If you want a list of do’s, try these: Take calculated risks. Protect your time. Feed your soul: read old books and listen to music that inspires you. Cultivate opportunities for creative thought. Create a life that feels good on the inside, not one that just looks good on the outside. Find reasons to laugh, mostly at yourself. Promote your better qualities without showing off. Make peace with your past so it doesn’t spoil your present. And, finally, it’s alright not to know all the answers (because no one does).
Pick your battles wisely; not everything is worth fighting over. Focus on what you can control; it’s pointless to dwell on what you can’t. Perfect is a myth and progress is always achievable; start somewhere then adapt and iterate. Avoid annoying, apathetic or disgruntled people; their vibes are contagious. Groupthink is regressing to the mean; trying to appease everyone gets you nowhere.
Courage is like a muscle; it gets stronger and easier the more you use it. To build confidence, do things outside your comfort zone and learn from the inevitable failures. Then repeat as your pluck and grit expand. Trying to accommodate everyone is the path to mediocrity – dare to be different. Brevity is the soul of wit and the essence of brilliance; shorter is always better. Life is not baseball, so don’t hit for average; seek mastery not mere competence. Your time is limited so live it without regrets. The journey will become its own reward.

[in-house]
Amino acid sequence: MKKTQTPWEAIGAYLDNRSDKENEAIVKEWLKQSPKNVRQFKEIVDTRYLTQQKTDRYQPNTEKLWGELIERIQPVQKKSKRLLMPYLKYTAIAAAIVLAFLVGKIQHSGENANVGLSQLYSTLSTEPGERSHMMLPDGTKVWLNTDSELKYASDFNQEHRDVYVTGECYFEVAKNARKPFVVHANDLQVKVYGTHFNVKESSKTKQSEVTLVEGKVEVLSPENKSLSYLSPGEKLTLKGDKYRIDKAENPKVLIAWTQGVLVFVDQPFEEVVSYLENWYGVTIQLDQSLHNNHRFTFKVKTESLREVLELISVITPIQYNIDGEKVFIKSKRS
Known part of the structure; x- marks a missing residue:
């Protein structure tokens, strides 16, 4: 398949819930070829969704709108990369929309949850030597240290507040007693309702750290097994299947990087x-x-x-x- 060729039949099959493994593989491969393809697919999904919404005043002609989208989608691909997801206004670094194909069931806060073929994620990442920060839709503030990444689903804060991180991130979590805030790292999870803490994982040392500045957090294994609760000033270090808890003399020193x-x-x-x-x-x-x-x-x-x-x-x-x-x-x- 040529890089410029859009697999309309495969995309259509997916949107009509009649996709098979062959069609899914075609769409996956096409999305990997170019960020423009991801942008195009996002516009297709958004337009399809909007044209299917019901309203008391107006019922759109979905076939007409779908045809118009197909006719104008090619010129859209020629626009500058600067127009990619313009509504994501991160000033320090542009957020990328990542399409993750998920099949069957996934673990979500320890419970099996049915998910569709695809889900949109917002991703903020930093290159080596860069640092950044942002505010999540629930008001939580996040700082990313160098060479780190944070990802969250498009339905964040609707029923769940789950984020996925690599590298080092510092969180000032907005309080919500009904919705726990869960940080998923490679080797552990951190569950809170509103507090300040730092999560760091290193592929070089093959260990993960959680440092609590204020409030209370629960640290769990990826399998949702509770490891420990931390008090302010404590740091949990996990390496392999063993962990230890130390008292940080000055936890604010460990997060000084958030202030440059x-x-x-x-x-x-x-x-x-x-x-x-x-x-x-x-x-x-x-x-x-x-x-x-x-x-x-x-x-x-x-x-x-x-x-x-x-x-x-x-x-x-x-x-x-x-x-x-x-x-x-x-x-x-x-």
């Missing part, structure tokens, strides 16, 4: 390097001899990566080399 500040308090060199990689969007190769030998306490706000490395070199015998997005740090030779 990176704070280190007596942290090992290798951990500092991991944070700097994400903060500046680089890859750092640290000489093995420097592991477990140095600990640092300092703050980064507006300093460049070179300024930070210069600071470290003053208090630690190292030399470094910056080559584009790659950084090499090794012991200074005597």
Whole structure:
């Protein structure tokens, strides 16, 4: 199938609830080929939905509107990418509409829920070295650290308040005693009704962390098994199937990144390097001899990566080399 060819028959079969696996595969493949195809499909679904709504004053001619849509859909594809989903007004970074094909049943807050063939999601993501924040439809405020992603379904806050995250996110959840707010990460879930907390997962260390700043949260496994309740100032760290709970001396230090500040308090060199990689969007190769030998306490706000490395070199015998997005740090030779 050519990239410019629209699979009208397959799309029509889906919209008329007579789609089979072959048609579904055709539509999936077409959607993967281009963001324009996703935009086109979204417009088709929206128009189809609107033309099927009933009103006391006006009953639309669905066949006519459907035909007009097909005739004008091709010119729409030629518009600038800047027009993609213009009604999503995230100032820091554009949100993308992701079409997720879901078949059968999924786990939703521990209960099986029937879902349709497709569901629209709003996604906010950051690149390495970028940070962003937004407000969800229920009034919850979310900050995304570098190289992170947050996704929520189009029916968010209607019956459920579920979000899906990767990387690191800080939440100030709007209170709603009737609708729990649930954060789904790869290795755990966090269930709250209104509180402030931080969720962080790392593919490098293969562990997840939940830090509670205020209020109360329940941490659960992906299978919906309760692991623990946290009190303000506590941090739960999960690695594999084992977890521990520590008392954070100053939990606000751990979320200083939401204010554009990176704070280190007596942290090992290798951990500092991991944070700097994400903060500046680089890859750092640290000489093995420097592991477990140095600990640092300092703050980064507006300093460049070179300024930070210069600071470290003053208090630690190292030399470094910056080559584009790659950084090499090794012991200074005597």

If you prefer a what-not-to-do list, then try a few of these: Never stop dreaming about possibilities – when you find what intrigues and compels, let that spark light a fire in your belly and develop a plan for its realization. Never accept “good enough” as being enough; it never is. Don’t try to sell what you wouldn’t buy; if you don’t believe in it, why should they? Never give up hope; every day is a new beginning. Never doubt your value; demonstrate it. Never wait for opportunities to arrive; create them. Never make excuses; it’s the reason why people don’t follow their dreams. Never compromise your principles; you are destined to live your entire life with only one person. Guess who?
The rules we choose to define our identity must be ours alone and a failure to live up to them must carry real consequences. Otherwise, they slip to the level of meaningless resolutions. After all is said, each of us is the sole architect of our happiness and success as much as our discontent and misfortune. When we break the rules we select to live by, we are accountable only to ourselves. This is as it should be. Wishing you a splendid 2023.